Rejected appeals can be escalated to an independent tribunal. The council or transport groups will provide details on how to do this within their appeal rejection letter (or email). 

What happens if you don’t pay a PCN?

If you don’t pay your Penalty Charge Notice within 28 days, the PCN issuer will then send you a charge certificate. You won’t be sent a charge certificate after 28 days if you have lodged an appeal.

What is a charge certificate?

A charge certificate is a formal notice that you have failed to pay the PCN by the deadline and simultaneously increases the PCN fine by 50% of its original value

For example, if you received a £50 fine and didn’t pay within 28 days, you’ll be sent a charge certificate which increases your fine to £75. You are given an additional 14 days to pay the increased fine once the charge certificate is served. 

How to appeal a charge certificate

There is no charge certificate appeal process. Your opportunity to appeal the PCN is missed once a charge certificate has been issued. 

There may be rare instances where a charge certificate has been served but you already submitted a PCN appeal within the 28 days. This would be an administration error, and if it occurs, it’s best to speak with the council or transport group about the situation.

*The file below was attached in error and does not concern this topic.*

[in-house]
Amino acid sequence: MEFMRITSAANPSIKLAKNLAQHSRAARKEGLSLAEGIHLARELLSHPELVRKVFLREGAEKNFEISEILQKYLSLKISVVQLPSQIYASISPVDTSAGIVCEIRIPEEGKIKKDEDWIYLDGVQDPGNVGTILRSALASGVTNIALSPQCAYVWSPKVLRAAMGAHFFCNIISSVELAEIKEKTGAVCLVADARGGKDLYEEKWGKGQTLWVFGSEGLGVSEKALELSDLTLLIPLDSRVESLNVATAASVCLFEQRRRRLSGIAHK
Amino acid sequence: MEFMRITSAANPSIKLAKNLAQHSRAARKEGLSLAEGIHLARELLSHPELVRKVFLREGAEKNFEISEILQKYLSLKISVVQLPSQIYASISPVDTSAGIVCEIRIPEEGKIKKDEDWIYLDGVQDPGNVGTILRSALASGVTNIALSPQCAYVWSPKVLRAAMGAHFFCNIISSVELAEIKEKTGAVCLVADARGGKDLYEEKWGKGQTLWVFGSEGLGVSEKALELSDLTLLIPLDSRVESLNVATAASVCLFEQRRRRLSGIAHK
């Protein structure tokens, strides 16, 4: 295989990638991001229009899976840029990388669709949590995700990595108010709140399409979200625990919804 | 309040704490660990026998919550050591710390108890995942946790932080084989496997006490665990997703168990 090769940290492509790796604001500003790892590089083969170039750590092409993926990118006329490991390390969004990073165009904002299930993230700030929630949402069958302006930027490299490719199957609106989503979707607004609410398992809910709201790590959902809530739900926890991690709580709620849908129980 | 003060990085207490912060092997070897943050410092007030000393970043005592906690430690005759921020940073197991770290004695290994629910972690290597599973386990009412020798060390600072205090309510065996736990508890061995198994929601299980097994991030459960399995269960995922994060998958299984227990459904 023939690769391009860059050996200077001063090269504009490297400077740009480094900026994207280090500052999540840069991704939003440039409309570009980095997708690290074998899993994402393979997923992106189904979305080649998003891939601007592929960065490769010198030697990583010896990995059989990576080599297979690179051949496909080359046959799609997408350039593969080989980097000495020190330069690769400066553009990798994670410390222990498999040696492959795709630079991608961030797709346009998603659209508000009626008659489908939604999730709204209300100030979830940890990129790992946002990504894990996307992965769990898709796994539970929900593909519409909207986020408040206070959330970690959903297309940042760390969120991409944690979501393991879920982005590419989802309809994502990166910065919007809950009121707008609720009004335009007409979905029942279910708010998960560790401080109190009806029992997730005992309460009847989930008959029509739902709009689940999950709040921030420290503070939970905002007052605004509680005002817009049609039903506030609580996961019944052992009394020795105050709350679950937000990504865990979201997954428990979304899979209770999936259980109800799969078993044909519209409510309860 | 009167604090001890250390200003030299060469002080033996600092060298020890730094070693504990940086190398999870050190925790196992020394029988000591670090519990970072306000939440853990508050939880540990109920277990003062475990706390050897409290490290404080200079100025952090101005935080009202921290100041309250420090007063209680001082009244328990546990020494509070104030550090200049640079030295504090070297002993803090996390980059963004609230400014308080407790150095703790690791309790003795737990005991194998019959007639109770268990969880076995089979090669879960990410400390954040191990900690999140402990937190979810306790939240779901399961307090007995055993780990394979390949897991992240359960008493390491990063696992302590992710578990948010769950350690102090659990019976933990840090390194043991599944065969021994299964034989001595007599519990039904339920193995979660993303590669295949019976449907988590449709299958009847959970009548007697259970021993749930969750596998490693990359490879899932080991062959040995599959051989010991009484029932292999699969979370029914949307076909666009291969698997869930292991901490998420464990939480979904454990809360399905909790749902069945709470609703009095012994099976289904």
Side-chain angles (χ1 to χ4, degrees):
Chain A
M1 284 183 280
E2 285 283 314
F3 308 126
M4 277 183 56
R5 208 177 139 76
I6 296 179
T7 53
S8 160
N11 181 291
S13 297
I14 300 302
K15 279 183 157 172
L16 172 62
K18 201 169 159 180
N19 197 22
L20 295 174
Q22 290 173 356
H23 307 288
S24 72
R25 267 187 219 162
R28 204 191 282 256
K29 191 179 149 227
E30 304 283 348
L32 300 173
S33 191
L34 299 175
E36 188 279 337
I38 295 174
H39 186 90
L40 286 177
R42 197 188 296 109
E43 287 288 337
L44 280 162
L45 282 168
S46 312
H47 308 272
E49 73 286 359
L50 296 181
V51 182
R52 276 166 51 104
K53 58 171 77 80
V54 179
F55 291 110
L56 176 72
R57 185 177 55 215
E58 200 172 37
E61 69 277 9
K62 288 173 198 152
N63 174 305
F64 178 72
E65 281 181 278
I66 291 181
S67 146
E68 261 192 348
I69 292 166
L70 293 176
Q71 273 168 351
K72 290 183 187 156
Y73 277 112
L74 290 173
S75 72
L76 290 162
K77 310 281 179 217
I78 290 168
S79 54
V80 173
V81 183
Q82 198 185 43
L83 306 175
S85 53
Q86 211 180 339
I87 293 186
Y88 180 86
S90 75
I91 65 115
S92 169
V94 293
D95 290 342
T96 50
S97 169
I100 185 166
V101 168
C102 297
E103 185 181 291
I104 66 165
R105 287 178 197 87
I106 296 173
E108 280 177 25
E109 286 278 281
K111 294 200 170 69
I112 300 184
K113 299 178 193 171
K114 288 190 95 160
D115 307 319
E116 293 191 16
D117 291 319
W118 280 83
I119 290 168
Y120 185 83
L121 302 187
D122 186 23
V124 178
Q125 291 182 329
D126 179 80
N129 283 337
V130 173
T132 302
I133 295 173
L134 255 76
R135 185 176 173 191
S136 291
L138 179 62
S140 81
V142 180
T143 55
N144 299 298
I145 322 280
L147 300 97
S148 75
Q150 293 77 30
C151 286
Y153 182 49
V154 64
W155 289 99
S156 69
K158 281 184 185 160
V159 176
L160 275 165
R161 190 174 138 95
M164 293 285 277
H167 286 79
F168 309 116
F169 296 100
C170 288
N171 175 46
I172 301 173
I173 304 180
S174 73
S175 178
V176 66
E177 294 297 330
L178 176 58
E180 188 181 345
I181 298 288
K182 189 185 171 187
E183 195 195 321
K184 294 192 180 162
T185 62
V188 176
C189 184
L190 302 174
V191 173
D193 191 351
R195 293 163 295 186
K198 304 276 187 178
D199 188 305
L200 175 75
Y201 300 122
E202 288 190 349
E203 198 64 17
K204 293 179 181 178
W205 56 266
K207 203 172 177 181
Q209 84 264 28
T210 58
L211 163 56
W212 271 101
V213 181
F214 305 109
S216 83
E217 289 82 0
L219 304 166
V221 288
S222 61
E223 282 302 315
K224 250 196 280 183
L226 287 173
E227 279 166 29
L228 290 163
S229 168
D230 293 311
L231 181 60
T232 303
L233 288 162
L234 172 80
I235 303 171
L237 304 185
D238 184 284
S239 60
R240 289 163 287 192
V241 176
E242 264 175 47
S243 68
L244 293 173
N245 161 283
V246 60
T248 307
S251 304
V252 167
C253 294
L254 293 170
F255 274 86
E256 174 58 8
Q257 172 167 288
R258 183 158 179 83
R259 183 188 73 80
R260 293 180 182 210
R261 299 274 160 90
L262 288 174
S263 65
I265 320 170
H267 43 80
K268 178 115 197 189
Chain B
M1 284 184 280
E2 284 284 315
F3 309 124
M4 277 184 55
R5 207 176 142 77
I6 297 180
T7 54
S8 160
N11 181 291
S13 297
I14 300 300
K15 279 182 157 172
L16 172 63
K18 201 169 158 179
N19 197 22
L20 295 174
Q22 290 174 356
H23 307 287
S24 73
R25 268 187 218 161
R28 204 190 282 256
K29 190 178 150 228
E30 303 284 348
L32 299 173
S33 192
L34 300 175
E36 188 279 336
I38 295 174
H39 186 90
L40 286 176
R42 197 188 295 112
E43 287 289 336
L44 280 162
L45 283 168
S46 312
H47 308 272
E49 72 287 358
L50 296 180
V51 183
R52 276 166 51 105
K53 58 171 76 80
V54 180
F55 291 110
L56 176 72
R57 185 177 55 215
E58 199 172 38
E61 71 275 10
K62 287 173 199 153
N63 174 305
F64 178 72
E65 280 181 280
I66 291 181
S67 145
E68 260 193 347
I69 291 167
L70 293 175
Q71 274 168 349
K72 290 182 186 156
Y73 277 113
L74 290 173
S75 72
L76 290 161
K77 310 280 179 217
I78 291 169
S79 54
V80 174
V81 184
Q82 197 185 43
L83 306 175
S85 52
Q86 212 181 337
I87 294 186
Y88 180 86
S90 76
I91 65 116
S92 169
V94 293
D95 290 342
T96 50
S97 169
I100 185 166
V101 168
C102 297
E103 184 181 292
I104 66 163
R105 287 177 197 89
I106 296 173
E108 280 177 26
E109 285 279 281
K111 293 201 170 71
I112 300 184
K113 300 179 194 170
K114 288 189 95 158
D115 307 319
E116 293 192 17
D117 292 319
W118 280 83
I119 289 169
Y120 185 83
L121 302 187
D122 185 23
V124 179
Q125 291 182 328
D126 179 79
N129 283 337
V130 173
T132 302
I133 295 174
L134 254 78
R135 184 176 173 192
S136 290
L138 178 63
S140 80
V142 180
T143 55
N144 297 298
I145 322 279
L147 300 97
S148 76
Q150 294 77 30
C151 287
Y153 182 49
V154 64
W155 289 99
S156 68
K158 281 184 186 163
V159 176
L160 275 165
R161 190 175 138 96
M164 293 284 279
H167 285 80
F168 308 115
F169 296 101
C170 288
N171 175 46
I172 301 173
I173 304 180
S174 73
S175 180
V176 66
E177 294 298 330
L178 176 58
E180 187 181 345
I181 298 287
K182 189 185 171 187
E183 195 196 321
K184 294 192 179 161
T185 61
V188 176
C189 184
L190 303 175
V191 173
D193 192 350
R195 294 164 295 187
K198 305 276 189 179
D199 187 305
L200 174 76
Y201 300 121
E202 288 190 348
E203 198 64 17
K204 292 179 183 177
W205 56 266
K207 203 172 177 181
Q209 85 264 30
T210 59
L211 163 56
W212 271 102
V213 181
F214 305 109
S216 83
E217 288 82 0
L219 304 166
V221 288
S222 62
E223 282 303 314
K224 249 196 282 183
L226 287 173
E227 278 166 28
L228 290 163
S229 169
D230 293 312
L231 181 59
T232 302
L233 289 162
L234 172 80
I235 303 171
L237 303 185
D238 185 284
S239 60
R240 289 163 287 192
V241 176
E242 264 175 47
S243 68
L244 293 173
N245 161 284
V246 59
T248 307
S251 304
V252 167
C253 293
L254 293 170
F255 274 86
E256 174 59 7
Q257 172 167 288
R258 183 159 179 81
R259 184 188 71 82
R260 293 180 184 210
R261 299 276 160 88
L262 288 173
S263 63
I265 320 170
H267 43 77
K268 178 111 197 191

What happens after a charge certificate?

What happens after a charge certificate depends on how you handle and react to the situation. If you pay the increased fine within the additional 14 days, the matter will be over and nothing further will happen. 

However, if you ignore the charge certificate and don’t pay the increased fine by the 14-day deadline, the council or transport authority will take further action. They will apply for a court order which makes you legally responsible to pay the fine, and you may have to pay other fees as a result. 

Continuing to ignore your obligation to pay can result in the use of bailiffs. These bailiffs can come to your home to request full payment, which may now include expensive bailiff fees. If you still refuse they may seize your goods, which will be stored and then sold at an auction to clear the debt. 

Do You Have to Pay?

In many circumstances parking tickets are not enforceable.

It’s a bit sneaky, but last time I had a parking fine, I paid £5 for a trial to chat to an online solicitor.

Not only did I save £50 on solicitor fees, I also won my case and didn’t have to pay my £271 fine.

You can try it out now, just remember to cancel the trial once you’ve got your answer.

Is it best to avoid a charge certificate?

It’s best to avoid being issued with a charge certificate because your fine will increase and there will be no alternative but to eventually pay. Letting a PCN escalate to a charge certificate doesn’t benefit you in any way. 

You shouldn’t ignore a PCN and should instead either pay early to take advantage of the reduced fine, or you should appeal the PCN when you have a strong case against it. 

Have another PCN question?

We have answered lots of other questions about council and private parking tickets already. Check out our parking ticket guide for more help and guidance. Or speak with Citizens Advice for personalised advice.